Long answer is below:

Google don’t consider SEO to be spam. Now a few really tech savvy people might get angry at that. So let me explain in a little more detail.

SEO stands for Search Engine Optimization

And essentially it just means trying to make sure that your pages are well represented within search engines. And there’s plenty of white-hat, great quality stuff that you can do as a search engine optimizer. You can do things like making sure that your pages are crawlable. So you want them to be accessible. You want people to be able to find them just by clicking on links. And in the same way, search engines can find them just by clicking on links. You want to make sure that people use the right key words. If you’re using industry jargon or lingo that not everybody else uses, then a good SEO can help you find out, oh, these are key words that you should have been thinking about. You can think about usability, and trying to make sure that the design of the site is good. That’s good for users and for search engines. You can think about how to make your site faster.

Not only does Google use site speed in our rankings as one of the many factors that we use in our search rankings. But if you can make your site run faster, that can also make it a much better experience. So there are an enormous number of things that SEOs do, everything from helping out with the initial site architecture and deciding what your site should look like, and the URL structure, and the templates, and all that sort of stuff, making sure that your site is crawlable, all the way down to helping optimize for your return on investment. So trying to figure out what are the ways that you are going to get the best bang for the buck, doing AB testing, trying to find out, OK, what is the copy that converts, all those kinds of things.

There is nothing at all wrong with all of those white hat methods

Now, are there some SEOs who go further than we would like? Sure. And are there some SEOs who actually try to employ black hat techniques, people that hack sites or that keyword stuff and just repeat things or that do sneaky things with redirects? Yeah, absolutely. But our goal is to make sure that we return the best possible search results we can. And a very wonderful way that search engine optimizers can help is by cooperating and trying to help search engines find pages better.

SEO is not spam. SEO can be enormously useful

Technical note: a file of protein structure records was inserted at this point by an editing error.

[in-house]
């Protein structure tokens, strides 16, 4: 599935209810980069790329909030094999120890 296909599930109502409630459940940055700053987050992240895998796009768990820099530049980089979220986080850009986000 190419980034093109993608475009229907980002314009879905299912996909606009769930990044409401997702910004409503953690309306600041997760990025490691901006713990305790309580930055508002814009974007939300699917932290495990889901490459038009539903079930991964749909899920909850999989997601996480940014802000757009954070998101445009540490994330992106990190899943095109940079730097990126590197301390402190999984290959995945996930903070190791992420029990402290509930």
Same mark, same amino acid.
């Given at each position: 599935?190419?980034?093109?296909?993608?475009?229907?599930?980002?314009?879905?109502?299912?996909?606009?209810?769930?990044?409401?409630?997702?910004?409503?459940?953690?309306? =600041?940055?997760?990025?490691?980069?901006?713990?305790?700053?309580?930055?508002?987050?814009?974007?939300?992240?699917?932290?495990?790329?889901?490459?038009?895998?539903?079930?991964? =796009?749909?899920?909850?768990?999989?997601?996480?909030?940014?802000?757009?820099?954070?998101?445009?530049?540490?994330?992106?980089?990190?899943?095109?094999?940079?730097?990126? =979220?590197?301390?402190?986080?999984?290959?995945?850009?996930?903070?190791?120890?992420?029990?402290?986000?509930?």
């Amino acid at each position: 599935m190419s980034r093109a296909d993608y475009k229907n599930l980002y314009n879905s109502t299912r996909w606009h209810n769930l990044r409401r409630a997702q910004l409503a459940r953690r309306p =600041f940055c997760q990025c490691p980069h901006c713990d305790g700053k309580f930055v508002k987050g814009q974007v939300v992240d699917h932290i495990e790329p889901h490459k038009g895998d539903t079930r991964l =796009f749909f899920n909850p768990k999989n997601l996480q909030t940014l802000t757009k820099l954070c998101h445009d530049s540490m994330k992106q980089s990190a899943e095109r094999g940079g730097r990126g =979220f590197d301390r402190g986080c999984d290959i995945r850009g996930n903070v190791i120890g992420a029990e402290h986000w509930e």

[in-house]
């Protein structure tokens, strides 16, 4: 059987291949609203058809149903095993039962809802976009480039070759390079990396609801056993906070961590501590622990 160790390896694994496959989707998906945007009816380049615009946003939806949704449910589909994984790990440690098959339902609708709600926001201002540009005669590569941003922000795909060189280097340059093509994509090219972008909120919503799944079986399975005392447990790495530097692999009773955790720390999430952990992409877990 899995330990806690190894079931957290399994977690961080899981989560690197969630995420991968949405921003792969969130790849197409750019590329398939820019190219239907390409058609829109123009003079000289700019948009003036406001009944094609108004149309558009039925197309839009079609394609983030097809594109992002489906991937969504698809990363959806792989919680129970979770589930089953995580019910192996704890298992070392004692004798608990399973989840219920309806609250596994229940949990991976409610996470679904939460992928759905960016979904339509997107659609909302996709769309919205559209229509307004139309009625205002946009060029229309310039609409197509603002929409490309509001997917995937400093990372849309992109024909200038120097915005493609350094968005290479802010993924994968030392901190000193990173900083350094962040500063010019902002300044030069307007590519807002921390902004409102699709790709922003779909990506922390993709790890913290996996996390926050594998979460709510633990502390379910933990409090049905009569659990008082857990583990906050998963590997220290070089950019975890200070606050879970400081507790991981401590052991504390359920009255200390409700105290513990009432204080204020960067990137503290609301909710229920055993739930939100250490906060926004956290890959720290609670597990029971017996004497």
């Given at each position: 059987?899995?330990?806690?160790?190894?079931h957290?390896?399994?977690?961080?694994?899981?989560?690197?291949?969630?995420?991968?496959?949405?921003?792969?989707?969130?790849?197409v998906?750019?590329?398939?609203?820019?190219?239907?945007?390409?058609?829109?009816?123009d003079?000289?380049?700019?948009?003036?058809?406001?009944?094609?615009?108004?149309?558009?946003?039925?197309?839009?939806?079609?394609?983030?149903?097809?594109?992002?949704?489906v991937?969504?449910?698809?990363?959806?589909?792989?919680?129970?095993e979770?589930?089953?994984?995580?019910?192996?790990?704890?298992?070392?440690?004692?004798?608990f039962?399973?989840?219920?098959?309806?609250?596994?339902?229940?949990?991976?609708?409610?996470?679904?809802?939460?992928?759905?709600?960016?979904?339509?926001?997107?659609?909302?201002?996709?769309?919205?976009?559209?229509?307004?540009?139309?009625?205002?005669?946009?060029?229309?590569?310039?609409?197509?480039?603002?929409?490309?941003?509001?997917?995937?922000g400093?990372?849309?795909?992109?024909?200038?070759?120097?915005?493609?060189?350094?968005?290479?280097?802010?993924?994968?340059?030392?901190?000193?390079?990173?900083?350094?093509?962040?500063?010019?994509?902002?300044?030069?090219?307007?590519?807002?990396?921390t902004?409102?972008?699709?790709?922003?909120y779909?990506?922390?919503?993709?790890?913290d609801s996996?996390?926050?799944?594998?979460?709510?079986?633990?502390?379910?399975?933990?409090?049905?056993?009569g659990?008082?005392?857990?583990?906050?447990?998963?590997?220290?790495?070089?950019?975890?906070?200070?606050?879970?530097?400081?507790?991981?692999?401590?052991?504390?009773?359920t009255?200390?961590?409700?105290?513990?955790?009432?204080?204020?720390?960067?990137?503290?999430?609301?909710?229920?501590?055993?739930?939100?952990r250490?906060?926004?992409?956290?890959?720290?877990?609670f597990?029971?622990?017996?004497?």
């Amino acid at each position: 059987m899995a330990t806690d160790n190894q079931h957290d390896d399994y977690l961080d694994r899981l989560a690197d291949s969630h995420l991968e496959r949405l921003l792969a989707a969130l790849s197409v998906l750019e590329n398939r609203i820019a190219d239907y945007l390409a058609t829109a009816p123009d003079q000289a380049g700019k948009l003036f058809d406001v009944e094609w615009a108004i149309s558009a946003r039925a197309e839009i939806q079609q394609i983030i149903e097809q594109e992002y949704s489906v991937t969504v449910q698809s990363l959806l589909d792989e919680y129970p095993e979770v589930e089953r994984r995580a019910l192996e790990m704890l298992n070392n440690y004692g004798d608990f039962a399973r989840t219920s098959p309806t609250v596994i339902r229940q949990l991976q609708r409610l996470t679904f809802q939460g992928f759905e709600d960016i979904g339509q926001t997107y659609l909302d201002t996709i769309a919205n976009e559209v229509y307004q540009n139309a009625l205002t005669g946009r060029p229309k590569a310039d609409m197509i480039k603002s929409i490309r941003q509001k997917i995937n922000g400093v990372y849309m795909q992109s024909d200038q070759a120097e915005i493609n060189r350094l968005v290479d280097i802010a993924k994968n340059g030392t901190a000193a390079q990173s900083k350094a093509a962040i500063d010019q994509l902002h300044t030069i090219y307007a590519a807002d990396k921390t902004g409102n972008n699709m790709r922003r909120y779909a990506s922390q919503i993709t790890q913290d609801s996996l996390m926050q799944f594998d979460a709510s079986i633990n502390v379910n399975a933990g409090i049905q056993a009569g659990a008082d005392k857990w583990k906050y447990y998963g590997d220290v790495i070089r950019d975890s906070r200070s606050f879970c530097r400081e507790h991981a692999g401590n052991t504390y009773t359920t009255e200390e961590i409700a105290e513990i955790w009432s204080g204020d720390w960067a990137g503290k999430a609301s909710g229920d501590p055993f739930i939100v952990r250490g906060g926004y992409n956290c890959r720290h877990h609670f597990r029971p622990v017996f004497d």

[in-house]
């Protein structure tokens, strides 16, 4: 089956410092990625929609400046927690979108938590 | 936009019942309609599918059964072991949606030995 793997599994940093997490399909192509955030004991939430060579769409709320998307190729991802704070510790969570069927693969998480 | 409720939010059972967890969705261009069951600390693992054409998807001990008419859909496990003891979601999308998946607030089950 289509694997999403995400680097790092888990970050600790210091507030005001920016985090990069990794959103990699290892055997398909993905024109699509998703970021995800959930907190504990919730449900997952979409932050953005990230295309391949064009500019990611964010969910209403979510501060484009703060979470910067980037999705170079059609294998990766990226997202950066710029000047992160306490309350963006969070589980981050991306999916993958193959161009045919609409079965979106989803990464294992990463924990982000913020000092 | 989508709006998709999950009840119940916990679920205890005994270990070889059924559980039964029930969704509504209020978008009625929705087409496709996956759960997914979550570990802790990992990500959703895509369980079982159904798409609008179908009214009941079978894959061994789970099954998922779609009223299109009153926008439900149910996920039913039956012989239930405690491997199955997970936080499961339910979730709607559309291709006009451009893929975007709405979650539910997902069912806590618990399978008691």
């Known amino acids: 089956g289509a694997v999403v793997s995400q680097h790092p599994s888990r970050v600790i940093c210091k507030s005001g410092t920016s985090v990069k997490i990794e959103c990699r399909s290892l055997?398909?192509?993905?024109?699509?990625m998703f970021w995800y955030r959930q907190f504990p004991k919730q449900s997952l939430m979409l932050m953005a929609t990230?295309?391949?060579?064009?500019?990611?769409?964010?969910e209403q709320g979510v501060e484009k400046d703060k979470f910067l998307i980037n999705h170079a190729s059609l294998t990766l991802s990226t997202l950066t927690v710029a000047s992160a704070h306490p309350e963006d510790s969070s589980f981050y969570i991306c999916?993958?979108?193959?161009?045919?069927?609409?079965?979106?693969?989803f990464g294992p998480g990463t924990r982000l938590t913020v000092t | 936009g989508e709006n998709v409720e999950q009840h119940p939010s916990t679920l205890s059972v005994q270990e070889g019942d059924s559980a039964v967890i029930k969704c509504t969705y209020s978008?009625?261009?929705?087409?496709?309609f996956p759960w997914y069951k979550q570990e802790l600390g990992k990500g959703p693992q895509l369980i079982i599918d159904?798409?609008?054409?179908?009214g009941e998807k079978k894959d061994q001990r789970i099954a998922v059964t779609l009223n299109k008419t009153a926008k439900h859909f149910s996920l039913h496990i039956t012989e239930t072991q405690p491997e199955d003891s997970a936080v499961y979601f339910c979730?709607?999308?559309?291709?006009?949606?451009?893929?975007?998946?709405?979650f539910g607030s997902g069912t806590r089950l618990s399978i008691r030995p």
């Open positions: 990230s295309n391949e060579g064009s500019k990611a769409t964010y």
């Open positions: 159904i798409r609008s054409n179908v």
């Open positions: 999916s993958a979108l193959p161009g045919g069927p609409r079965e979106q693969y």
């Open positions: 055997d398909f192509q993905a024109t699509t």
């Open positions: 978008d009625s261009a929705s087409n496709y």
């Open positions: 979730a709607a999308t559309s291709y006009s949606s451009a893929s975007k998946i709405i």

SEO can also be abused. And it can be overdone. But it’s important to realize that we believe, in an ideal world, people wouldn’t have to worry about these issues. But search engines are not as smart as people yet. We’re working on it. We’re trying to figure out what people mean. We’re trying to figure out synonyms, and vocabulary, and stemming so that you don’t have to know exactly the right word to search for what you wanted to find. But until we get to that day, search engine optimization can be a valid way to help people find what they’re looking for via search engines.

We provide webmaster guidelines on There’s a free webmaster forum. There are free webmaster tools. There’s a ton of HTML documentation. So if you search for SEO starter guide, we’ve written a beginner guide where people can learn more about search engine optimization. But just to be very clear, there are many, many valid ways that people can make the world better with SEO. It’s not the case that, sometimes you’ll hear SEOs are criminals. SEOs are snake oil salesmen. If you find a good person, someone that you can trust, someone that will tell you exactly what they’re doing, the sort of person where you get good references, or you’ve seen their work and it’s very helpful, and they’ll explain exactly what they’re doing, they can absolutely help your website. So I just wanted to dispel that misconception. Some people think Google thinks all SEO is spam. And that’s definitely not the case. There are a lot of great SEOs out there. And I hope you find a good one to help with your website.